Community-based institutions such as church groups, seniors’ organizations, sports associations and Aboriginal networks are the glue that hold a Northern community together, according to Carleton graduate Jerry Sabin.
And the development of this “social economy,” as researchers refer to these types of organizations, is understudied in the North, he says.
After earning a bachelor of public affairs and policy management in 2007, Sabin, 23, went on to pursue the field of public administration. Now, as he graduates with his master’s, he is heading off to the edge of the Arctic to examine the development of social economy institutions in Yellowknife.
There, he will spend the summer sifting through the archives of municipal and territorial correspondence dating back to the founding of the city on the shores of Great Slave Lake, known for its adventure and prosperity and an unusual blend of northern culture.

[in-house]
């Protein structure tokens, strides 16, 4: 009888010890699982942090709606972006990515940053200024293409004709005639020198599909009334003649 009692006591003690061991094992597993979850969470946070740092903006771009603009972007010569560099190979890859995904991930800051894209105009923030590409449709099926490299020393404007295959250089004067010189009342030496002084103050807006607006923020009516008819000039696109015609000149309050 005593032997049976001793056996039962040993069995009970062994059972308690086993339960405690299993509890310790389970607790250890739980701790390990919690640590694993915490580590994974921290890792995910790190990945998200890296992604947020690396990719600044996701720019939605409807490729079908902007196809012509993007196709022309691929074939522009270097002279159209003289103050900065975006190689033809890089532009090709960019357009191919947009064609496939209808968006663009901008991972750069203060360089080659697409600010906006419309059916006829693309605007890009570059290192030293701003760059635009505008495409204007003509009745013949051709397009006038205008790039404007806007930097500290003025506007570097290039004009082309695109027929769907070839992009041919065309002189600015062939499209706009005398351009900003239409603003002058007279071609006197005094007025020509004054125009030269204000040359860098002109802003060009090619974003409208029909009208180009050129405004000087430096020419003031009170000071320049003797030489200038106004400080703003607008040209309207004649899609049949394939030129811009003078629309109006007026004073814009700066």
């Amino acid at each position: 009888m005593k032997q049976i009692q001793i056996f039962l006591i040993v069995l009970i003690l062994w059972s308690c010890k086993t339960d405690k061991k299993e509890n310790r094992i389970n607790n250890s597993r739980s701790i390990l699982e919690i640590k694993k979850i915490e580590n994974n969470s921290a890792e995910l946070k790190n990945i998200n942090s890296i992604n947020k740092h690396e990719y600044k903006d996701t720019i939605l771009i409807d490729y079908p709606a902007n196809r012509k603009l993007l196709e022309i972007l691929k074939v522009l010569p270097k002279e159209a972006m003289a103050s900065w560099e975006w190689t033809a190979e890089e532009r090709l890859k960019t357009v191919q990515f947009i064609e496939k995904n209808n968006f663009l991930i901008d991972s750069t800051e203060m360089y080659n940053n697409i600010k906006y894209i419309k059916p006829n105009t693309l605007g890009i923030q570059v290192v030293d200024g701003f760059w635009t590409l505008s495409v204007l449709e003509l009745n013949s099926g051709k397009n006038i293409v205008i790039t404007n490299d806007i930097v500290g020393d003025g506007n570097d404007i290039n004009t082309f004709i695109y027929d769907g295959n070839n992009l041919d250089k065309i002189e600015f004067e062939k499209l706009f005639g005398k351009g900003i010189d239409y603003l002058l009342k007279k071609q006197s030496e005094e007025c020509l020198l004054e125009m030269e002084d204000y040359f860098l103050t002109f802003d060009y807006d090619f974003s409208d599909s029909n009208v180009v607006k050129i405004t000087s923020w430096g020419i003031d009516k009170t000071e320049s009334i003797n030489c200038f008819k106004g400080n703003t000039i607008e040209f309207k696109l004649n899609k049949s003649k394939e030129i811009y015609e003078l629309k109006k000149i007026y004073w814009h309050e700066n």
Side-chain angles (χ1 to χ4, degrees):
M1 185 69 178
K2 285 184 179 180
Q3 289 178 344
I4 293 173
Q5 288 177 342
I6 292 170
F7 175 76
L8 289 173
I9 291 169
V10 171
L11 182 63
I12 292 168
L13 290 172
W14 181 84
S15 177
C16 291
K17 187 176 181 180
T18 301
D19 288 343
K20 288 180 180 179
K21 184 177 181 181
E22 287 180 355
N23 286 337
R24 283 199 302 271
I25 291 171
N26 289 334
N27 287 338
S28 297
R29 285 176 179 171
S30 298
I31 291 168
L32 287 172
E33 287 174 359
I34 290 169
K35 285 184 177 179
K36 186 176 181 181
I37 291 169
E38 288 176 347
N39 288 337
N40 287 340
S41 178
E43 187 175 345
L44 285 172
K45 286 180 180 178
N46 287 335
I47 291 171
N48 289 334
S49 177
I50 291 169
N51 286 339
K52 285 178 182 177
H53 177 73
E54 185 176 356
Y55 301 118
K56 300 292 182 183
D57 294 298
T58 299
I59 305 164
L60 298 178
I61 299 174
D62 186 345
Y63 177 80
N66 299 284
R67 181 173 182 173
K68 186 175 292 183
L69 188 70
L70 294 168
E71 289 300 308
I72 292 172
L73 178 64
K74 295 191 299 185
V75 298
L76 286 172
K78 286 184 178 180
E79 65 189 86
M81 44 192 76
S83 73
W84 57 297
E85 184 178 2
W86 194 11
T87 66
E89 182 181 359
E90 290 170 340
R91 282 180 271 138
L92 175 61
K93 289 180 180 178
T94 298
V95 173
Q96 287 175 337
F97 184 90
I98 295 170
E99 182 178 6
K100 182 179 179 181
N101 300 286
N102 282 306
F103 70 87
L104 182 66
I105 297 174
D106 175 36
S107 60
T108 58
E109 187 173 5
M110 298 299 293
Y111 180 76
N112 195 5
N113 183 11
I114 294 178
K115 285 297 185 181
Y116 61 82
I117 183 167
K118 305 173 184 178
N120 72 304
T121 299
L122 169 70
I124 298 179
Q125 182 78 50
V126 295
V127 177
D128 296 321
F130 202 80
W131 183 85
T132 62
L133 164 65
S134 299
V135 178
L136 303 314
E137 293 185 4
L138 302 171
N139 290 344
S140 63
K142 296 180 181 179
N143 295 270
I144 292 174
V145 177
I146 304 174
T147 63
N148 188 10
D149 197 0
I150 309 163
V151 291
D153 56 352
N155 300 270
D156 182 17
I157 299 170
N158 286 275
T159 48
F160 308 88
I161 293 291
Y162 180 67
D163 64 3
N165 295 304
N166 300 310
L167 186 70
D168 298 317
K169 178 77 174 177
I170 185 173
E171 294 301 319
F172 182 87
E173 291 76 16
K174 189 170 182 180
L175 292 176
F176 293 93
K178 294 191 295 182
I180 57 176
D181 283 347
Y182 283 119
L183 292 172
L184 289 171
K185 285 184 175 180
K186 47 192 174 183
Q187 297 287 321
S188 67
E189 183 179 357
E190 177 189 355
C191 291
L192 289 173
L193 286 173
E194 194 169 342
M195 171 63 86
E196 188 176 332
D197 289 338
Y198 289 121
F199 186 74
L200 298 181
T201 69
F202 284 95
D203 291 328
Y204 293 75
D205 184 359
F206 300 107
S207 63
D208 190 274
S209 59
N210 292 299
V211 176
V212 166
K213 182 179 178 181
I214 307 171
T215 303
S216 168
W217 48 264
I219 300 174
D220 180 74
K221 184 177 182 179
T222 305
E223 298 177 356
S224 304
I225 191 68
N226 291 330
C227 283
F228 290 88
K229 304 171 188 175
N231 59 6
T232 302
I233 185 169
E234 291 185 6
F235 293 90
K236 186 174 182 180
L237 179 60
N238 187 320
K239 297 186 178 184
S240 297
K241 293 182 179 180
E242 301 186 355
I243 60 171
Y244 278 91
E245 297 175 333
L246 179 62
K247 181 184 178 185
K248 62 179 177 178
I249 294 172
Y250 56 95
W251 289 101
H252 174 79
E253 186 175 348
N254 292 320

Sabin, who became interested in northern policy and sustainable urban development through Prof. Frances Abele in the School of Public Policy and Administration at Carleton, will interview members of the Legislative Assembly, small business owners and “old-timers” about the organizations they have been involved with over the years.
“Yellowknife,” says Sabin, “has an interesting oral history I want to explore. I’ve heard it’s a beautiful place and I’m looking forward to meeting the people who have built their lives there and done such interesting work in the North.
“I think the North is a very important and integral part of Canada and I think it’s understudied and misunderstood. As southerners and researchers, it’s important we take the opportunity to gain a better understanding of the North.”
Sabin’s work is part of a much larger project being conducted by Abele with funding from the Social Sciences and Humanities Research Council of Canada.
The research, Sabin says, will contribute to a book being prepared by Abele and to a couple of journal articles on Yellowknife’s social economy before it was named the capital of the Northwest Territories and afterwards.
Sabin believes his pursuit of public administration and political science would never have happened at any other university.
“There’s a wonderful community of researchers in northern policy at Carleton and in Ottawa, as well as the right access to the North. I wouldn’t have found myself in this field if I hadn’t gone to Carleton. And I wouldn’t be the researcher I am today without the guidance and help of Professor Abele.”